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Battleship Review
By Darrin Jones / May 18

Ingredients: If liked special effects of Transformers, the plot of Battle: Los Angeles, and the gung-ho attitude of Independence Day, you will like this movie.

When I saw Battleship, I was still coming off The Avengers’ movie so my spirits were flying pretty high. Thank goodness Battleship was available to sober me up before I went to long thinking that any other summer blockbuster would rise to Avengers’ example. So lets just get Battleship out of the way so I can maybe re-watch The Avengers a few more times. After Earth scientists start sending direct signals to an Earth-like planet in the deep recesses of space in hopes of communicating with a possible alien species, their reply is less then stellar. A small group of spaceships invade with the intent of conquest but fortunately Lieutenant Alex Hopper (as played by Taylor Kitsch still sporting his John Carter haircut) is standing in their way. When the rest of the U.S. Navy is trapped outside an alien produced forcefield, only a handful of ships remain to stop the alien scourge in their tracks.

There’s so much bad in this movie that I don’t know where to start. Again we have an impromptu alien invasion scheme without knowing anything at all about the aliens or what they hope to accomplish; and to punctuate how lazily the aliens are depicted in Battleship, within the first 2 minutes of the film there is actually a naysaying scientist that  warns that any contact with an alien race would be “like Christopher Columbus and the indians, and we’re the indians.” I can’t explain how unlikable the Alex Hopper character is. Maybe it’s just Kitsch’s portrayal of the man but he really had no significant character arc. He starts of brash, reckless, stubborn and kind of crazy and he stays that way save for a few moments here and there.

The action scenes are pretty impressive but of course it would be, that was what the movie was built around; well, action scenes and selling board games. As you might’ve guessed, Battleship is a 2 hour advertisement for Hasbro’s Battleship board game, so much so that the alien sea craft actually shoot explosives that look like the Battleship pegs and there was a painfully long part were a room full of people were just looking over a computer screen trading little blinky missiles with their alien foes. The things that kept my interest in the movie were few and far between. Every scene with Liam Neeson barking out naval orders did give it some gravitas and there was something gratifying about someone shouting “Mahalo motherfucker” before blasting an alien in the face with a ship’s cannon.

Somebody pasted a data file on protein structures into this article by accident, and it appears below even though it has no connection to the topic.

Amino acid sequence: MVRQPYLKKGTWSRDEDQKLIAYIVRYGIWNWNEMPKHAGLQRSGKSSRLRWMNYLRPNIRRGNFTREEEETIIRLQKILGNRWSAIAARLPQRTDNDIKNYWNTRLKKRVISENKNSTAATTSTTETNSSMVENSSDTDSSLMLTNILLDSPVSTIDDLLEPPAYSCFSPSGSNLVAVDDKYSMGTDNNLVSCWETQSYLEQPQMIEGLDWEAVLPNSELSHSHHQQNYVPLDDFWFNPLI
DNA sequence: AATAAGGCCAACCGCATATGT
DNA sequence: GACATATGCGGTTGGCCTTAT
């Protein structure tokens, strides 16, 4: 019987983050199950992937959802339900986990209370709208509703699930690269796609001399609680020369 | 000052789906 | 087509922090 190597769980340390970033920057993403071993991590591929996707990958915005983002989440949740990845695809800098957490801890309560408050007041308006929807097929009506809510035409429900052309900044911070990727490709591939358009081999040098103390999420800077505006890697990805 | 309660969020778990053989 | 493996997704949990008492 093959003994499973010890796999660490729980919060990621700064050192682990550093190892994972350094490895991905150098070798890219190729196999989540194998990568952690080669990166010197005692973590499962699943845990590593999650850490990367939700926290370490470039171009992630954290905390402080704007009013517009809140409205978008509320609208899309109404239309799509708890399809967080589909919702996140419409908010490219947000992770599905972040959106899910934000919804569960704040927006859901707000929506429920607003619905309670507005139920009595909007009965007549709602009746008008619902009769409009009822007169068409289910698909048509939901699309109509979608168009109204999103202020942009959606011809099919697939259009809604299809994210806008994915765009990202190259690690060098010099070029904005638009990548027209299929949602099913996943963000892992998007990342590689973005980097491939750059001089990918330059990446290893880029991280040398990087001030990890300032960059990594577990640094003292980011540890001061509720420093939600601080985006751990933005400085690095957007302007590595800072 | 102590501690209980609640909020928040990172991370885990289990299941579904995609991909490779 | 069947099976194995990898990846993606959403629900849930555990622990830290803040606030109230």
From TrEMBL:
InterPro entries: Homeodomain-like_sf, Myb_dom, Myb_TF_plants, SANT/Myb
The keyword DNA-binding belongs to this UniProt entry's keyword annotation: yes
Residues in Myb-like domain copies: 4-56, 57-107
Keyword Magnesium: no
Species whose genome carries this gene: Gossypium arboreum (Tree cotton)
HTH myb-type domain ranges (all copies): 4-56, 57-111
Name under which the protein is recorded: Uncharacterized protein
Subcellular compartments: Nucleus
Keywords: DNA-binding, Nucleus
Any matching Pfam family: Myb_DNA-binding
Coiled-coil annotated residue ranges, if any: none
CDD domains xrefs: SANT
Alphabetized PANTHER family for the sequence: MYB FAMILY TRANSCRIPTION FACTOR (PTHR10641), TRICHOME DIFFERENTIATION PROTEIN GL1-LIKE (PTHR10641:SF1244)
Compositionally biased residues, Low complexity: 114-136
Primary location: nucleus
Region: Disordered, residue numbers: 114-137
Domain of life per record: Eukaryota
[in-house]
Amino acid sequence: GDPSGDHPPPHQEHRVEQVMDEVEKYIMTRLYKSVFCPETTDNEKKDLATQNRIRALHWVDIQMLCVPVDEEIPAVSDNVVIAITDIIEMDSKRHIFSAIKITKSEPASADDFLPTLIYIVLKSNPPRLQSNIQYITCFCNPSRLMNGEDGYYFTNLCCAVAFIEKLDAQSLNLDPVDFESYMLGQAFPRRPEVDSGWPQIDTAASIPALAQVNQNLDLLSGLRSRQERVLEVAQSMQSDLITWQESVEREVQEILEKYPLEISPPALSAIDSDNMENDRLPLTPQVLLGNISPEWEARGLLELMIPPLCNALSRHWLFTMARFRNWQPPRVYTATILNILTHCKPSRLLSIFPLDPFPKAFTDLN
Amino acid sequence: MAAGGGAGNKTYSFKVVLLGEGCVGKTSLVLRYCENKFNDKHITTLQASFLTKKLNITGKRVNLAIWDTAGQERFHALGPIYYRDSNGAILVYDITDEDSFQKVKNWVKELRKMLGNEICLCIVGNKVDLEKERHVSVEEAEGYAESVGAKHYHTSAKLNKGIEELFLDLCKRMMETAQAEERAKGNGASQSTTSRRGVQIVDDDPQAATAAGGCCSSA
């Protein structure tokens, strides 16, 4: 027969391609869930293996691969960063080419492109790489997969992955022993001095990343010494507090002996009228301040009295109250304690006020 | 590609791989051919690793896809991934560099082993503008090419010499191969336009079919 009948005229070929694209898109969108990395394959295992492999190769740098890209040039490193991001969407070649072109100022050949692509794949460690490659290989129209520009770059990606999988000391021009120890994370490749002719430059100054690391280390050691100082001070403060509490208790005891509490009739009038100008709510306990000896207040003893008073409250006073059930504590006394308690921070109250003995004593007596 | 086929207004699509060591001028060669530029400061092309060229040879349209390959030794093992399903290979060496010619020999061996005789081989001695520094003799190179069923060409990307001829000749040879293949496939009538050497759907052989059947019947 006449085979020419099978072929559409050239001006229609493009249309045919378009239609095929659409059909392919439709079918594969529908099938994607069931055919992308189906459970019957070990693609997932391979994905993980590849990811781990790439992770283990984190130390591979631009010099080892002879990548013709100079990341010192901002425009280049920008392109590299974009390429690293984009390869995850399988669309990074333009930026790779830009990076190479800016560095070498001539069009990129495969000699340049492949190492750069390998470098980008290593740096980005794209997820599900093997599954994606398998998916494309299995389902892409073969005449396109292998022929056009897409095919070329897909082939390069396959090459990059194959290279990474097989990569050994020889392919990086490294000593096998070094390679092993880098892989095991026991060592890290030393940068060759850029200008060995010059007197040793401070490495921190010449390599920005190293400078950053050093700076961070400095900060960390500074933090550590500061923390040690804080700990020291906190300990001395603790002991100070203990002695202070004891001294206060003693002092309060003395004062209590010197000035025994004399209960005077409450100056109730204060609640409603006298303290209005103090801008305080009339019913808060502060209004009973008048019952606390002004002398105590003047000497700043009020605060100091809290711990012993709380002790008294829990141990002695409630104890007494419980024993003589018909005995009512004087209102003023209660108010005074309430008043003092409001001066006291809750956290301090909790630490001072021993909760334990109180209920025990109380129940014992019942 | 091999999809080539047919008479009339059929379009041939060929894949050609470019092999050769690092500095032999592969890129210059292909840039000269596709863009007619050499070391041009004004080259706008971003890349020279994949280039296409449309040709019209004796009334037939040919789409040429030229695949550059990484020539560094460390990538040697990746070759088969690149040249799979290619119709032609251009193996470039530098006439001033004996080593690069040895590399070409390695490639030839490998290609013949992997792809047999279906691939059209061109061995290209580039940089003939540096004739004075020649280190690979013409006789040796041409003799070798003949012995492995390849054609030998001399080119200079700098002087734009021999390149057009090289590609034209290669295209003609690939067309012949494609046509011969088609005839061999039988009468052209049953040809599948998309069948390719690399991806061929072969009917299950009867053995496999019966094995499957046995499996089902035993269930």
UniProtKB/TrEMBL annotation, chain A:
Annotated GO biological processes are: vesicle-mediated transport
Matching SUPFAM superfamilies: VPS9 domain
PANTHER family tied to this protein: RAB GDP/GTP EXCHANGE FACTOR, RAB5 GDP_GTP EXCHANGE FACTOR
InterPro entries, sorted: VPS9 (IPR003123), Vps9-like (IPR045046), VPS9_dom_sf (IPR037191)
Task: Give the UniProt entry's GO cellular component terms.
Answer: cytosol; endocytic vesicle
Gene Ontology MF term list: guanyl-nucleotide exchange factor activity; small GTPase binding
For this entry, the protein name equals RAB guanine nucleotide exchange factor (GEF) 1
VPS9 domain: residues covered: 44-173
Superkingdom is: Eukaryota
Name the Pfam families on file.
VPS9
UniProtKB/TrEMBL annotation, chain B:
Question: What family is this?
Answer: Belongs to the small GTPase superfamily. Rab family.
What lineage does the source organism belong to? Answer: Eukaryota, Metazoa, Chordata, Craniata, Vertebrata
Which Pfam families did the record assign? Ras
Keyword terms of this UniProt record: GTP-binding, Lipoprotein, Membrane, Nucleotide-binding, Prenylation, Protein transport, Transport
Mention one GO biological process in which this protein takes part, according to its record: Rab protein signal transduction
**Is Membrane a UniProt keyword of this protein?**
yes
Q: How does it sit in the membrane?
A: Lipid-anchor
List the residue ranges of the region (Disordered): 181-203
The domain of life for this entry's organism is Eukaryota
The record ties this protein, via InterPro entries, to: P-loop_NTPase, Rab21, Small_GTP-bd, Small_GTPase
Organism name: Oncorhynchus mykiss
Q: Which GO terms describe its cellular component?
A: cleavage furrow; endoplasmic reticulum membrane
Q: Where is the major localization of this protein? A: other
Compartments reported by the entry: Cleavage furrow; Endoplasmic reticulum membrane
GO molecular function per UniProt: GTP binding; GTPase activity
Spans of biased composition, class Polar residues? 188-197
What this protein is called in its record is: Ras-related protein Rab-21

My biggest warning for potential viewers is be aware that this movie plays cheerleader for the navy pretty damn hard. After all the navy ships that were trapped inside the forcefield bubble are destroyed -- it was all in the trailers already folks -- the crew have to startup a conveniently nearby decommissioned battleship with the aid of some retired naval-men. I’m sure it was suppose to be a touching and respectful scene but it was so out of nowhere and so forced that I couldn’t help rolling my eyes at the big screen’s idea of “genuine patriotism.” Think I’m being a little unfair? Well did I mention there’s a scene where an ex-military paraplegic who was still getting use to his prosthetic legs no more then 8 hours ago actually fights one of the aliens hand-to-hand, and wins. I get what they were going for and what they were trying to accomplish and I do respect their intentions but the execution was just too manipulative. Some people might’ve heard that Battleship was a movie being made about the old Battleship board game and thought to themselves, “How do you make a movie about that?” Well they didn’t, not really. Battleship, deep down, was designed to do for the navy what Transformers did for the army. On the upside, no petty teenage angst, no racist depictions, and no annoying comic-relief characters. So at least it’s a step in the right direction, even if it’s a shaky step.  

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